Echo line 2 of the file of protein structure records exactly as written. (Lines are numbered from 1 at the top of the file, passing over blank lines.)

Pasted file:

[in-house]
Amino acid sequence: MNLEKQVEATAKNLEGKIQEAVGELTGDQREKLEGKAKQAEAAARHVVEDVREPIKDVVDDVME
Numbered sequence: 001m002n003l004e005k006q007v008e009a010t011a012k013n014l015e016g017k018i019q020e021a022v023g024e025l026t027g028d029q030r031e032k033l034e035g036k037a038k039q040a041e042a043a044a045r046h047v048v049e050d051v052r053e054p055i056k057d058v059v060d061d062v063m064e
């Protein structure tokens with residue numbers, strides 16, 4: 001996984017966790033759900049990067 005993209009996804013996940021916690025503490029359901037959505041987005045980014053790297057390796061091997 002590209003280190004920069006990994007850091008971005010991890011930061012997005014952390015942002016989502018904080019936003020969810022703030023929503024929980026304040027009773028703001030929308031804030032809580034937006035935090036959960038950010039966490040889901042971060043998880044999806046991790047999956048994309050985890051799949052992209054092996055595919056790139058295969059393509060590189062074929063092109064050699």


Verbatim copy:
Amino acid sequence: MNLEKQVEATAKNLEGKIQEAVGELTGDQREKLEGKAKQAEAAARHVVEDVREPIKDVVDDVME